Weakly supervised object detection with 2D and 3D regression neural networks

Florian Dubost*, Hieab Adams, Pinar Yilmaz, Gerda Bortsova, Gijs van Tulder, M. Arfan Ikram, Wiro Niessen, Meike W. Vernooij, Marleen de Bruijne

*Corresponding author for this work

Research output: Contribution to journalArticleScientificpeer-review

21 Citations (Scopus)
65 Downloads (Pure)


Finding automatically multiple lesions in large images is a common problem in medical image analysis. Solving this problem can be challenging if, during optimization, the automated method cannot access information about the location of the lesions nor is given single examples of the lesions. We propose a new weakly supervised detection method using neural networks, that computes attention maps revealing the locations of brain lesions. These attention maps are computed using the last feature maps of a segmentation network optimized only with global image-level labels. The proposed method can generate attention maps at full input resolution without need for interpolation during preprocessing, which allows small lesions to appear in attention maps. For comparison, we modify state-of-the-art methods to compute attention maps for weakly supervised object detection, by using a global regression objective instead of the more conventional classification objective. This regression objective optimizes the number of occurrences of the target object in an image, e.g. the number of brain lesions in a scan, or the number of digits in an image. We study the behavior of the proposed method in MNIST-based detection datasets, and evaluate it for the challenging detection of enlarged perivascular spaces – a type of brain lesion – in a dataset of 2202 3D scans with point-wise annotations in the center of all lesions in four brain regions. In MNIST-based datasets, the proposed method outperforms the other methods. In the brain dataset, the weakly supervised detection methods come close to the human intrarater agreement in each region. The proposed method reaches the best area under the curve in two out of four regions, and has the lowest number of false positive detections in all regions, while its average sensitivity over all regions is similar to that of the other best methods. The proposed method can facilitate epidemiological and clinical studies of enlarged perivascular spaces and help advance research in the etiology of enlarged perivascular spaces and in their relationship with cerebrovascular diseases.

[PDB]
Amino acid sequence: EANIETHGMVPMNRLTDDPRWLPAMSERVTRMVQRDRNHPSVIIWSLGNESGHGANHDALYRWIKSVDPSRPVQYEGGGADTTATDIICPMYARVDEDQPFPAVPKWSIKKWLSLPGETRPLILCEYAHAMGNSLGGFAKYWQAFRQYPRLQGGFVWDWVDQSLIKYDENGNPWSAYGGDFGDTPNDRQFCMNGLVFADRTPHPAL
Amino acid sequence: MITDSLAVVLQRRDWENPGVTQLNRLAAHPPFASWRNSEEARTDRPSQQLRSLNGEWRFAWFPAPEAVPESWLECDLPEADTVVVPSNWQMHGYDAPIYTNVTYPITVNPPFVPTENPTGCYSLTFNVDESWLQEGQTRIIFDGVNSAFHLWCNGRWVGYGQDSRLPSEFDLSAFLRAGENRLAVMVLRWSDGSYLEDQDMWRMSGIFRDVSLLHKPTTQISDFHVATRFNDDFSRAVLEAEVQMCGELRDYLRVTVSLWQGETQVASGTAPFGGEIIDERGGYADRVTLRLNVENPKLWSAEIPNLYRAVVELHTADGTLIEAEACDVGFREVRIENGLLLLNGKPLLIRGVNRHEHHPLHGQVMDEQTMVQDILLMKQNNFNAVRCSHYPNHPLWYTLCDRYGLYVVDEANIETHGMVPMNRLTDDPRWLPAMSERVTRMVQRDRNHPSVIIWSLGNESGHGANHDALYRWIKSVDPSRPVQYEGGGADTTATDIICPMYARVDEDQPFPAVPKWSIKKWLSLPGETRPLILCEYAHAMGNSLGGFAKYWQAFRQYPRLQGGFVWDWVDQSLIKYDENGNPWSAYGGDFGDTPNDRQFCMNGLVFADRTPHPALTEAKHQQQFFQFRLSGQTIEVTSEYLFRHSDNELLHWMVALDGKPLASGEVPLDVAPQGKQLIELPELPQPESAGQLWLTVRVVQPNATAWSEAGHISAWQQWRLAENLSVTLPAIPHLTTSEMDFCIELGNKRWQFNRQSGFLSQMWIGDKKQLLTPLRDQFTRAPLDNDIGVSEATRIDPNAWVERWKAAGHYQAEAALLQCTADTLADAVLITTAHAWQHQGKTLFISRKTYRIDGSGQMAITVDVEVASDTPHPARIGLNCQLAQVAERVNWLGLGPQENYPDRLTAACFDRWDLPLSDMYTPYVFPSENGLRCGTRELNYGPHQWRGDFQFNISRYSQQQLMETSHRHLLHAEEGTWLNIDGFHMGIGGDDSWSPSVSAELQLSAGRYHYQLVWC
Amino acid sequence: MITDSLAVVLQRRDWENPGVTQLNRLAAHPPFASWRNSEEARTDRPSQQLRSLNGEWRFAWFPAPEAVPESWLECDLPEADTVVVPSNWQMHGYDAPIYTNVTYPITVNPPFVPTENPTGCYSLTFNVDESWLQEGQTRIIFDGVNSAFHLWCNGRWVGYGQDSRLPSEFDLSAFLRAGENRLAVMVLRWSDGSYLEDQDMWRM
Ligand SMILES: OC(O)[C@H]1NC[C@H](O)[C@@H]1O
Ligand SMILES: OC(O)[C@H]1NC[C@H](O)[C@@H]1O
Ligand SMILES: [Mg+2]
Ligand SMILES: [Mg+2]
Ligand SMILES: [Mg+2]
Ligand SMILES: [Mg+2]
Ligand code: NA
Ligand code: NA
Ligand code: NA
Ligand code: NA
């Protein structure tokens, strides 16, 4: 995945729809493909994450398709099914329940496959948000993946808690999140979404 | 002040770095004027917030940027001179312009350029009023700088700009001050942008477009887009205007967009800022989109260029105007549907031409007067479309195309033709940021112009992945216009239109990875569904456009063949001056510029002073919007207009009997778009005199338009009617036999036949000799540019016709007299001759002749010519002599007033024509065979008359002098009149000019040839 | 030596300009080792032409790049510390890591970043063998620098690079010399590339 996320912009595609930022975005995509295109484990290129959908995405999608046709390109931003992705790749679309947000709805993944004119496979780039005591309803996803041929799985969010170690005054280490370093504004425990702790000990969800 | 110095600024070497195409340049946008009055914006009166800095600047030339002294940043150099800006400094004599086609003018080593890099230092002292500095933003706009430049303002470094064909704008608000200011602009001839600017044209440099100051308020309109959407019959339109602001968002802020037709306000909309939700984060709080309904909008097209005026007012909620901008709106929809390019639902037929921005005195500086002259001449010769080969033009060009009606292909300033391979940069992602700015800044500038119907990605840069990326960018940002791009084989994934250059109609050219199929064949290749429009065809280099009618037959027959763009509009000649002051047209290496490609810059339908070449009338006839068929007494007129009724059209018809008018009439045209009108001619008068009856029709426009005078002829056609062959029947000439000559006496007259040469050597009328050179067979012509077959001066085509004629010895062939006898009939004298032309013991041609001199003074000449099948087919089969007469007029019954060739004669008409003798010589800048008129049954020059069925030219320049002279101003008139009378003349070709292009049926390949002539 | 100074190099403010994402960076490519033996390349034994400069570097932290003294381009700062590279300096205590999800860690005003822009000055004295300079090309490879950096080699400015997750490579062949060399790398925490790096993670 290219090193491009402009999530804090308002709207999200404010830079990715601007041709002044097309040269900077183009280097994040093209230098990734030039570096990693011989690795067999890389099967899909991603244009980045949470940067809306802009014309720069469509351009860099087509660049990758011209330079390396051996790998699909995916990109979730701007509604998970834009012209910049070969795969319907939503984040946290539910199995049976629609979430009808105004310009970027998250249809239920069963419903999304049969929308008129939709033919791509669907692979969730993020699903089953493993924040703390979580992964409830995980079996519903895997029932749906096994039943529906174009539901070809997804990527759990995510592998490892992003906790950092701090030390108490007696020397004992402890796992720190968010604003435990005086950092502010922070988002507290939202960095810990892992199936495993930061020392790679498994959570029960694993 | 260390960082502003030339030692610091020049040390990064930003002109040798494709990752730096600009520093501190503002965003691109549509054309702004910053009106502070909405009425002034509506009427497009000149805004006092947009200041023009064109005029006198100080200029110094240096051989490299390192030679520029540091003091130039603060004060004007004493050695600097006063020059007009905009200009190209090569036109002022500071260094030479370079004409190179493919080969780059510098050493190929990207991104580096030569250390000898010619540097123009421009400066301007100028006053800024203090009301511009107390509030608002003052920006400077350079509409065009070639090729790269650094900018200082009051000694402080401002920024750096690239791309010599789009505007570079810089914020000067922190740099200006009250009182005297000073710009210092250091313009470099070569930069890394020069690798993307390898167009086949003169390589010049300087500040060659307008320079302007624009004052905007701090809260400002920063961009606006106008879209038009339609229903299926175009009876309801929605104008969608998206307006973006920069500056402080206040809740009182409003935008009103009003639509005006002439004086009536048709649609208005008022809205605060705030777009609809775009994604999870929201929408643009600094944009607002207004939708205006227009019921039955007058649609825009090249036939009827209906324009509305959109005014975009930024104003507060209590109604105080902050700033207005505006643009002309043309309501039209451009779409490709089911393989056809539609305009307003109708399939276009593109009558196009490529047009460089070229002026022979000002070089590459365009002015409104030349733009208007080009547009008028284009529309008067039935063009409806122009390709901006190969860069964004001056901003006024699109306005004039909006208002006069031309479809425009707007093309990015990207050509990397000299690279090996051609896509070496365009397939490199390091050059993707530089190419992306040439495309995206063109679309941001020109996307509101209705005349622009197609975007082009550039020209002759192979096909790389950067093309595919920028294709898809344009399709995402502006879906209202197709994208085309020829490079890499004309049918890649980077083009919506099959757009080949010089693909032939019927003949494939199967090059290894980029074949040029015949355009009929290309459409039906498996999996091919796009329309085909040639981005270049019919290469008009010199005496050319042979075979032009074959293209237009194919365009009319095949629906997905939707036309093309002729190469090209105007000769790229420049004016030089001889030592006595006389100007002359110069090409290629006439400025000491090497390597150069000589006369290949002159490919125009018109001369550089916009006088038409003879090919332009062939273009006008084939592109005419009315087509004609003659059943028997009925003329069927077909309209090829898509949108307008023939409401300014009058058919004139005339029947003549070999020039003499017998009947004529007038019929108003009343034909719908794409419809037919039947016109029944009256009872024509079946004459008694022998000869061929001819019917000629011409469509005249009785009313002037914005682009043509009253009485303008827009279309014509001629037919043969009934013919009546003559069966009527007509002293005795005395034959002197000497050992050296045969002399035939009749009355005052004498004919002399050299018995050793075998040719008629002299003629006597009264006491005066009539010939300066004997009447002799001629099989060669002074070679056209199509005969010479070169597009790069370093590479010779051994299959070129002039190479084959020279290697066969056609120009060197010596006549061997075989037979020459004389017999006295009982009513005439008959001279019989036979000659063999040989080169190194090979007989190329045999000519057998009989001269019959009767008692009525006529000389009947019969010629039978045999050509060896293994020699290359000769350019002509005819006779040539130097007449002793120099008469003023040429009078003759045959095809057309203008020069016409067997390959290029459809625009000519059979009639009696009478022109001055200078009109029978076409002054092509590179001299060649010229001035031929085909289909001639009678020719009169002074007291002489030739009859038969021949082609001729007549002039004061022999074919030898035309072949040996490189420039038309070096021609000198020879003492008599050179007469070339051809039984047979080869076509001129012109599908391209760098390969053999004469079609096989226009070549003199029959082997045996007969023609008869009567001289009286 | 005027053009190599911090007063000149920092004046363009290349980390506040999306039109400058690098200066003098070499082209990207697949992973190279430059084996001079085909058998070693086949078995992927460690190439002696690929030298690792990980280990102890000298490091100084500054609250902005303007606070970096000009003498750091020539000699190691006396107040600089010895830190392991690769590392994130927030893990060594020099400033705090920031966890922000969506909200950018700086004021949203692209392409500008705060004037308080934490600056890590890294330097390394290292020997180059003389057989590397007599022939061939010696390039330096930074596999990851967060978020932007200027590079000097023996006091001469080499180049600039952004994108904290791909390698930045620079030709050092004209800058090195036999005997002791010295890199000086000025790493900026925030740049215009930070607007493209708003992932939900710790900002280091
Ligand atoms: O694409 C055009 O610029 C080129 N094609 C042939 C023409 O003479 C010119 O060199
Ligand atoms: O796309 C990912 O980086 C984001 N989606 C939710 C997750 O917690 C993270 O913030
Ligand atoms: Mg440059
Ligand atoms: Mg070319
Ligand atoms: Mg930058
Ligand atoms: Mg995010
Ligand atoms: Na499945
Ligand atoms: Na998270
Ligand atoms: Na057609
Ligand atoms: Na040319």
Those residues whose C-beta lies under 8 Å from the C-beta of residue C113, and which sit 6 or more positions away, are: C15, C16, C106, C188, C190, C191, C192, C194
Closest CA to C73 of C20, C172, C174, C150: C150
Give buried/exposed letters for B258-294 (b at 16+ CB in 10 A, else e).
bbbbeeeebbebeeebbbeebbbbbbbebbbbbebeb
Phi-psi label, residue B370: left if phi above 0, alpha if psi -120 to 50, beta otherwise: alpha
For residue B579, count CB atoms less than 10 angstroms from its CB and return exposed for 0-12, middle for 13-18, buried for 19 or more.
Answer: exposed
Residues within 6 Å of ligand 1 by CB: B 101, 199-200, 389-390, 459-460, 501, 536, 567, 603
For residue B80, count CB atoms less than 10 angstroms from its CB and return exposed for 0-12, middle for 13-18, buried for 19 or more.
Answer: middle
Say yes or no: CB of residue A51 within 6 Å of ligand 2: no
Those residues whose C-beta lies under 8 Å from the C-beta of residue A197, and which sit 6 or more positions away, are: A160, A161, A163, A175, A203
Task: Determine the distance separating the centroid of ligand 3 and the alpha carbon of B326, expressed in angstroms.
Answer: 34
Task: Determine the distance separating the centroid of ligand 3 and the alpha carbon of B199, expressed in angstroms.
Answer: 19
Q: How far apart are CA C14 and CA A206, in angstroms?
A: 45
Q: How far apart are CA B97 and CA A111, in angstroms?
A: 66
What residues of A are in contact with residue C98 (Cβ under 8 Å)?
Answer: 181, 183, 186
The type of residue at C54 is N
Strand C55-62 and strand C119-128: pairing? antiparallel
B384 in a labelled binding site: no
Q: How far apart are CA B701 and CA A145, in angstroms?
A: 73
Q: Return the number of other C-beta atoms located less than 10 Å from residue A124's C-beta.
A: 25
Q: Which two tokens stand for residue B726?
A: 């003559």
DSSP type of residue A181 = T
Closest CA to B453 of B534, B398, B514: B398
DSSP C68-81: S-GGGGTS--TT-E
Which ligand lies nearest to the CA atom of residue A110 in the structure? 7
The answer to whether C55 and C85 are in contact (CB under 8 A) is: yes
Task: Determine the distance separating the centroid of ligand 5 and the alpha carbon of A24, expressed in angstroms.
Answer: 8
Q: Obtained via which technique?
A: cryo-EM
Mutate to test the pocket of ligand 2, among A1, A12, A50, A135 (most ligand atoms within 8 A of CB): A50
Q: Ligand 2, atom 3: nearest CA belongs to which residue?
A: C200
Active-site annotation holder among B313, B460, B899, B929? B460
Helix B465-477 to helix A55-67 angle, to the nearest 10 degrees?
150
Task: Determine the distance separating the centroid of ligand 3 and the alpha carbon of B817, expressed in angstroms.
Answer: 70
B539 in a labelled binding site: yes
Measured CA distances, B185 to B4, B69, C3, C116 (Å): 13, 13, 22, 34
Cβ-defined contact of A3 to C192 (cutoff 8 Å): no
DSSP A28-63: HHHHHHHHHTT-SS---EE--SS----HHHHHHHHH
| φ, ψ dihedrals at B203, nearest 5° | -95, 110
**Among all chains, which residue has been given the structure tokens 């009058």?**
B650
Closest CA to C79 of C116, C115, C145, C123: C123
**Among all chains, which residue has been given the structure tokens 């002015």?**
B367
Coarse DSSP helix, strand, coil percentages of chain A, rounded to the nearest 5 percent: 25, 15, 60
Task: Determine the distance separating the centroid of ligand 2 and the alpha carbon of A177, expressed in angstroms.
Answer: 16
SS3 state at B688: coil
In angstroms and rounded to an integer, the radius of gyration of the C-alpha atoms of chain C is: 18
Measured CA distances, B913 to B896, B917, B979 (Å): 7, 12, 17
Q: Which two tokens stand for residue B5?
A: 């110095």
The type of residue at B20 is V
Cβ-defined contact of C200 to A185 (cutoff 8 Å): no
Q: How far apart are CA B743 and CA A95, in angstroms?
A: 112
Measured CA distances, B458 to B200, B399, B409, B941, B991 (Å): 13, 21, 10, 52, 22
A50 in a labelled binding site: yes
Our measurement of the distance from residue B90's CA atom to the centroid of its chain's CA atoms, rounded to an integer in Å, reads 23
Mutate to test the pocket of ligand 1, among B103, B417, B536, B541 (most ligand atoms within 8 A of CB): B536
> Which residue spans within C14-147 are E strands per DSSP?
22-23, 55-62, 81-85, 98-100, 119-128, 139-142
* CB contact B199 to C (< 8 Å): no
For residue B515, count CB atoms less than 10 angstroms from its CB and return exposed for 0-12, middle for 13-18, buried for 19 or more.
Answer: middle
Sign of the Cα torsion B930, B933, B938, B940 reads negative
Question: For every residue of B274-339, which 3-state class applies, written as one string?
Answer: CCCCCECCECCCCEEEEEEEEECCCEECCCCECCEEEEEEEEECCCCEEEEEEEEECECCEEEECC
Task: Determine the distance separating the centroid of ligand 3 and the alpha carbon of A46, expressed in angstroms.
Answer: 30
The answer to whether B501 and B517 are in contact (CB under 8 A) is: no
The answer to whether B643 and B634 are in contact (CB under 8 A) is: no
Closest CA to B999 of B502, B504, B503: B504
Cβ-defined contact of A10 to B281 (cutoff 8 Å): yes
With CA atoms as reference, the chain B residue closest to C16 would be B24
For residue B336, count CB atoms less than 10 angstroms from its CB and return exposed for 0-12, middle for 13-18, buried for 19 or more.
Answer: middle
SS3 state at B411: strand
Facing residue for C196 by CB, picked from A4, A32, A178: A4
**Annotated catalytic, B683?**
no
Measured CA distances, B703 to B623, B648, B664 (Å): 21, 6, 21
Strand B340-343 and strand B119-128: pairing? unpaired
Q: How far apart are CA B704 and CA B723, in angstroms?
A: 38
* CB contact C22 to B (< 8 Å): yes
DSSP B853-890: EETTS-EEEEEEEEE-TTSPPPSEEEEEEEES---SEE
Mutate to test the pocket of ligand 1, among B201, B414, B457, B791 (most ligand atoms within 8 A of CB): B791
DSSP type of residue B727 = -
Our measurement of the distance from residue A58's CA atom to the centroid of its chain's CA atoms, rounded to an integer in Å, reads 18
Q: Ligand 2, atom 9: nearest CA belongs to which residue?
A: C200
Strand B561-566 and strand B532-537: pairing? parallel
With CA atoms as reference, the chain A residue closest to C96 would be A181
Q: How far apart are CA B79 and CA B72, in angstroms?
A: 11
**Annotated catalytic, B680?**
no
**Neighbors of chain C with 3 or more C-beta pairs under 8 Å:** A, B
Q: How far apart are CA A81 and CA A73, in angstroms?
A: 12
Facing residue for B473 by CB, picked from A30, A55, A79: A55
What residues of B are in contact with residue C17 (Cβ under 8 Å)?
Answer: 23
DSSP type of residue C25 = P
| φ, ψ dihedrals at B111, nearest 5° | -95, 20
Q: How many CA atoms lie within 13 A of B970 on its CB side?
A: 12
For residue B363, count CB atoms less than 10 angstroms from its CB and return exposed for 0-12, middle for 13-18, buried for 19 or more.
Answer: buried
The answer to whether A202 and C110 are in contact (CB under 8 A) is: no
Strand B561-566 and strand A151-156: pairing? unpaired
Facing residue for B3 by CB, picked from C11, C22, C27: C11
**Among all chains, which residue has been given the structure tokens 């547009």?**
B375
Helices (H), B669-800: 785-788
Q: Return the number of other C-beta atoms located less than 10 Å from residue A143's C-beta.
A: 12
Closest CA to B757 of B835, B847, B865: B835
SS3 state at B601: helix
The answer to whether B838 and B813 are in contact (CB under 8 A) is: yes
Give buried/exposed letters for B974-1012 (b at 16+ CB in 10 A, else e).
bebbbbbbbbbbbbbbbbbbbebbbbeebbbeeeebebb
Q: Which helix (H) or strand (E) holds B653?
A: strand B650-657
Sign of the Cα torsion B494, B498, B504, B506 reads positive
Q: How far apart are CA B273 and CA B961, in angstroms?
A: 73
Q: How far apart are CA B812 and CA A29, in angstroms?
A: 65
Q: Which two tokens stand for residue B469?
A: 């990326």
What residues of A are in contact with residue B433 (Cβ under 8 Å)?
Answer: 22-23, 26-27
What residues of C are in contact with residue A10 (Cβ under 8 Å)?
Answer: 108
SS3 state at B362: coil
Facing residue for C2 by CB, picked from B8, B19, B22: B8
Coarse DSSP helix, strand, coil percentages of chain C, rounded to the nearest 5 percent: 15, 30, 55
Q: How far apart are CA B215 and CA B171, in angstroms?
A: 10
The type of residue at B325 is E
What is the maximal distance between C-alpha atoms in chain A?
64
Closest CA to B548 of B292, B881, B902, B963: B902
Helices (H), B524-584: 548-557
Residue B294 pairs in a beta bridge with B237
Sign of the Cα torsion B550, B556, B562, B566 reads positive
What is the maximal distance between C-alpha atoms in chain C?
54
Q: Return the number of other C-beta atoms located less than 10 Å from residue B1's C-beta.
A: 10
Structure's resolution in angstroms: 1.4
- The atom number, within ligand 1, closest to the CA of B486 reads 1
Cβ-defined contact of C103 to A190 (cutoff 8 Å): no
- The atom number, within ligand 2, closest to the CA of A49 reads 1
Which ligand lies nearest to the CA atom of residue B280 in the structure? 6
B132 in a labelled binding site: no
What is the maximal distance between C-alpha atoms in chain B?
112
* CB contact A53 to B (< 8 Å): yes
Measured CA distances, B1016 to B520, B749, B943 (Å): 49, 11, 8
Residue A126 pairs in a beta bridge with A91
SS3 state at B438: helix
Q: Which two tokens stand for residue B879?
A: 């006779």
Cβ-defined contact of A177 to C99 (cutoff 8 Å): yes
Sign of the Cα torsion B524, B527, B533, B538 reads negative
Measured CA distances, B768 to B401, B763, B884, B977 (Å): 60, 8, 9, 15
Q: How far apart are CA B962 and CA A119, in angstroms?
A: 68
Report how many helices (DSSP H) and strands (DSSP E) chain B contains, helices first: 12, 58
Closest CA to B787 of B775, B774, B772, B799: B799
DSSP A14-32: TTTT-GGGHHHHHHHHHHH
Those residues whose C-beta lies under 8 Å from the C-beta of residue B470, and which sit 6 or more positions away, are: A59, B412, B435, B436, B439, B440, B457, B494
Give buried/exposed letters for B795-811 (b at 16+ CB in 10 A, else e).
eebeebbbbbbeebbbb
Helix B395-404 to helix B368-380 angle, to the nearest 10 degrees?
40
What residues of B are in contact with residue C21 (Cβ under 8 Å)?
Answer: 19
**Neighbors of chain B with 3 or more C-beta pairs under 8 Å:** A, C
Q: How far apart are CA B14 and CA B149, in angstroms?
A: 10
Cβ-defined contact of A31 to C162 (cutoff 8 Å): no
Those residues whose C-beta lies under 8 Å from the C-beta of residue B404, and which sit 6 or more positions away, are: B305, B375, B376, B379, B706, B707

Original languageEnglish
Article number101767
JournalMedical Image Analysis
Publication statusPublished - 2020


  • Brain
  • Count
  • Deep learning
  • Detection
  • Enlarged perivascular spaces
  • Lesion
  • MRI
  • Perivascular spaces
  • Regression
  • Weak-labels
  • Weakly-supervised


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